• Stu

Welcome to the house of fun.

The more I play on my Switch, the more I'm beginning to realise that on a game-for-game basis, Nintendo and their development studios are the best on the planet. Hyperbole? Maybe - but I don't say that lightly. In the last couple of months I've finished a handful of first-party Nintendo games, and I've come across fewer bugs in total than I normally stumble across in a single game on my PS4 or Xbox Series X. Between the sheer technical quality of the games and their standout designs, I'm starting to wonder if Nintendo are capable of making a game that's anything less than an instant classic.

The most recent case in point is Luigi's Mansion 3. I have less history with the series than Lachesis does, if I'm honest. I picked up the first game as one of two launch-day releases with my GameCube (the other being Star Wars Rogue Squadron 2: Rogue Leader) and promptly left it on the shelf until I visited her in her university digs and walked in on her crashed out on the couch in the lounge, totally absorbed by it. It was the first game she ever finished - there have been plenty since - and it's one that she openly adores to this day. It was inevitable that the third game would find a way into the house, and finally, when it did so for the second time(!) I got a chance to play through the game that consumed her through a period of lockdown last year. And what a game it was.


It occurs to me at this juncture that the piece I'm about to write may be considered, by some quarters, to err on the side of fanboy. This is an accusation I can live with; I've been playing Nintendo games for most of my life. "Fanboy," at this point, is a label I can live with. A sizeable portion of my childhood was spent with Mario and Link. The fact remains though, that even now - some 35 years after I first touched a NES - Nintendo remain one of the most imaginative developers. The don't rely on gritty narratives or gore, or on service games that last forever. They deliver games that know exactly what they want to be, and run with a level of technical polish that most other game-makers can only fantasise about delivering. Their games drip with colour and charm - and you'd need to be a person with a very cold heart indeed to be immune to them. They serve up childhood on a screen, nostalgia on a cartridge the size of a coin. Super Mario Odyssey, The Legend of Zelda: Breath of the Wild, Mario Kart 8, and now Luigi's Mansion 3 - while wildly different games, have all had the same effect on me: They've helped remind of what it was about videogames that caused me to fall in love with them in the first place.

Luigi's Mansion 3 starts off in similar style to the previous games - Luigi, Mario and the gang are en-route to a well-earned holiday, and arrive at the hotel only for most of them to be kidnapped in the night by a popular Mario game protagonist. Only Luigi is spared - and with help from his trusty Poltergust he sets out to rescue his brother and their mates. So far, so standard. Gameplay-wise, if you've played any of the other games you'll have a good idea of what to expect here; you navigate each floor, vacuuming up ghosts, solving environmental puzzles and defeating bosses that block your progress until you obtain a new button for the elevator. At that point, you ascend a floor and start again. There's a bit of a Metroidvania element going on as well, in that you'll need to backtrack with new or improved equipment to find some of the collectibles along the way. What sells Luigi's Mansion then, aside from it being a welcome return to playing as the taller and skinnier plumber, is its charm - which just about oozes from the TV. Luigi himself is wonderful; walking the line between terrified and amusing at all times, humming nervously to himself. His interactions with other characters are hilarious at times - he made me laugh out loud on numerous occasions.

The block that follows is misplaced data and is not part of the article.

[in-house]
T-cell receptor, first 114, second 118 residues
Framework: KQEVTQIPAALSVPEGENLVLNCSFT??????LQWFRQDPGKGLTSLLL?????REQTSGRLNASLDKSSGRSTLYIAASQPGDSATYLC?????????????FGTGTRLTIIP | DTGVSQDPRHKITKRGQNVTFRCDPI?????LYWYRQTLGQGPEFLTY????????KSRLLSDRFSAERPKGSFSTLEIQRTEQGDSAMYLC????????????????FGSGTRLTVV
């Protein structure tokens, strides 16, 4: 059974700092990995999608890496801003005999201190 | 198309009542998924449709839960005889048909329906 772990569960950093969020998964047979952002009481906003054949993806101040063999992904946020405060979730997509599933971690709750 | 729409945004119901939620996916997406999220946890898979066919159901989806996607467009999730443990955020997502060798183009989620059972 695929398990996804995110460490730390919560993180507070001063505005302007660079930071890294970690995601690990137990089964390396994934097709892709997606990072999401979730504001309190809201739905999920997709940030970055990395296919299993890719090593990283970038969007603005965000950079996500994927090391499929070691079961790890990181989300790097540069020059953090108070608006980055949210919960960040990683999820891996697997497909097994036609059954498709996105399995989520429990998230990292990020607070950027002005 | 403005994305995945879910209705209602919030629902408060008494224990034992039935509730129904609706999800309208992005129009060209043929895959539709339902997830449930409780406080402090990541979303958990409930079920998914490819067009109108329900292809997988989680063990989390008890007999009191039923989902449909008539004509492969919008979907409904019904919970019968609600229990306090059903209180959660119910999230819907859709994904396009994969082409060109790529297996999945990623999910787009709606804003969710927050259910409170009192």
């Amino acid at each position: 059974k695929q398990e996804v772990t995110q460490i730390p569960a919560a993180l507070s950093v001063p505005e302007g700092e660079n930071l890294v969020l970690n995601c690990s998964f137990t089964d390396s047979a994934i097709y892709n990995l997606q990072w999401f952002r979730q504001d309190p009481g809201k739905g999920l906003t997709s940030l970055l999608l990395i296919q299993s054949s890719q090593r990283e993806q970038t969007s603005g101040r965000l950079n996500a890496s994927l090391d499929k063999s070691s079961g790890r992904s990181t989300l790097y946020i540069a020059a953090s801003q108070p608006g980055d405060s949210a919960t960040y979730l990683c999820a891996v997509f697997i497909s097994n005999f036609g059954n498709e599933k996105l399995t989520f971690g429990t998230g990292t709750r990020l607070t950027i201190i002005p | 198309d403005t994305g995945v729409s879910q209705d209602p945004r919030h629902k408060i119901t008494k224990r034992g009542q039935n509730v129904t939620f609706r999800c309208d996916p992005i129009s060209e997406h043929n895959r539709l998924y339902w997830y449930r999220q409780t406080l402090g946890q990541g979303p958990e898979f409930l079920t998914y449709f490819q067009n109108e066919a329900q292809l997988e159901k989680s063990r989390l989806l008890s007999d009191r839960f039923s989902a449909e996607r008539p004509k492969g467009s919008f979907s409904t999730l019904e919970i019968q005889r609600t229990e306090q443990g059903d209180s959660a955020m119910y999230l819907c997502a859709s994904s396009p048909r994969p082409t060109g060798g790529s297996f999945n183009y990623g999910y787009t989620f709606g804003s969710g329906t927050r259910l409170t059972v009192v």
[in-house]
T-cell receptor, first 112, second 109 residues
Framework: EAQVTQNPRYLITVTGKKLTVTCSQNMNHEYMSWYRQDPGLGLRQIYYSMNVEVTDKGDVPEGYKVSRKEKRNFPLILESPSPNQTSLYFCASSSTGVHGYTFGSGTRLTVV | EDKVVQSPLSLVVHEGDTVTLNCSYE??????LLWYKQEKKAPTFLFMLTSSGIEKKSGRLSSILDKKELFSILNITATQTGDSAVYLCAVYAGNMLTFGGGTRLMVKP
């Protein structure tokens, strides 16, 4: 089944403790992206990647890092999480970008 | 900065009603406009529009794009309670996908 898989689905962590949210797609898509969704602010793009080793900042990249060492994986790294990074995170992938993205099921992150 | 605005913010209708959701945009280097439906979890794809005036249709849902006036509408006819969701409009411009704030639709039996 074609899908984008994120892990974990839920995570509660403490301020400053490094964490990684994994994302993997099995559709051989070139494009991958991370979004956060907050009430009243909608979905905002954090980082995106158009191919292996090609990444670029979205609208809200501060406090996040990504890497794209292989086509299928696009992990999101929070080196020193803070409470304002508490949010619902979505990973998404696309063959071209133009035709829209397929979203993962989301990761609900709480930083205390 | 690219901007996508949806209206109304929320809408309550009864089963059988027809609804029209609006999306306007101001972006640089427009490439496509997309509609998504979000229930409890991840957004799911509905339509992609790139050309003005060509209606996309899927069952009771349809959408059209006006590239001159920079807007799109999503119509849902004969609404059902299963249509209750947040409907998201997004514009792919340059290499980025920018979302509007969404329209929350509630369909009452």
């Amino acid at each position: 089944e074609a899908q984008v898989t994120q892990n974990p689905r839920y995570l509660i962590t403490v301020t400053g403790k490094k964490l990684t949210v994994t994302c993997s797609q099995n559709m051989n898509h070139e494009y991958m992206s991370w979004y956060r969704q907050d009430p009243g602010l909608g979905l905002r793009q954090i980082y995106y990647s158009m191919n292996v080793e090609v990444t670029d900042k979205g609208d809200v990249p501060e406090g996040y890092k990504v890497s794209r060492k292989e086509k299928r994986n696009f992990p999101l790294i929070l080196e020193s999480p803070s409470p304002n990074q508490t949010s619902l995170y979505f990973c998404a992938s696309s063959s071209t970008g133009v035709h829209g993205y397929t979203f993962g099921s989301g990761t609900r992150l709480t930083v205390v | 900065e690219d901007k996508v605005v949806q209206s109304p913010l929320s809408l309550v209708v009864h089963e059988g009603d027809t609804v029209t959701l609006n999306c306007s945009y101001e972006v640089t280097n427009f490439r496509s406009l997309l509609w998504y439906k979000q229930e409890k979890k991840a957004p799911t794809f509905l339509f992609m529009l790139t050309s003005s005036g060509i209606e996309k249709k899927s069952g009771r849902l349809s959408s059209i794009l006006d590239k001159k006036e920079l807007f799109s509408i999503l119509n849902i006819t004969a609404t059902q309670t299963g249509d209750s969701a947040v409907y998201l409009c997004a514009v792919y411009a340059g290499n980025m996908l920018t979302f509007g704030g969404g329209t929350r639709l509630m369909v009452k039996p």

Each floor has its own theme - and its in the level designs that you can see the team behind it really flexing their artistic muscles. It's a testament to them that the game still feels cohesive despite all of the different environments you end up running around in. The basement contains a boiler room - all pipes and water level puzzles. Further up the building, there's a concert hall in which you'll battle a ghostly conductor. A kitchen, with a spooky chef running show. The further you go, the wackier it becomes; a museum (complete with possessed T-Rex fossil), a movie studio, a nightclub all appear in addition to the rooms and bathrooms you'd expect to find in a hotel. One ancient Egypt inspired level is filled with sand - and I've got to say vacuuming every last grain of it up was one of the mostly weirdly therapeutic experiences I've ever had in a game.

Are there flaws? A couple of really minor ones. Toward the end of the game there are a couple of moments where you're forced to backtrack - those moments feel like filler, and also break the flow of the narrative a bit (yes, Polterkitty - I'm talking about you). Several boss fights, particularly a couple that crop up later in the game, are likely to leave you scratching your head as you figure out how to engage with them. Some of the puzzles end up having solutions that require a bit more lateral thinking than the early game trains you to entertain. Worst of all, there are a couple of really cool mechanics introduced on later floors that are only used once or twice in the entire game - a decision which effectively reduces them to gimmicks. None of these issues was enough to diminish my enjoyment of what I already think of as yet another classic Nintendo game.


If you've got a Switch and you haven't played this, you really do need to check it out. Nintendo games are always at their best when they're fun, quirky, or charming - and this one ticks all three boxes.


Have you played Luigi's Mansion 3? What did you think? Hit me up on Twitter and let me know.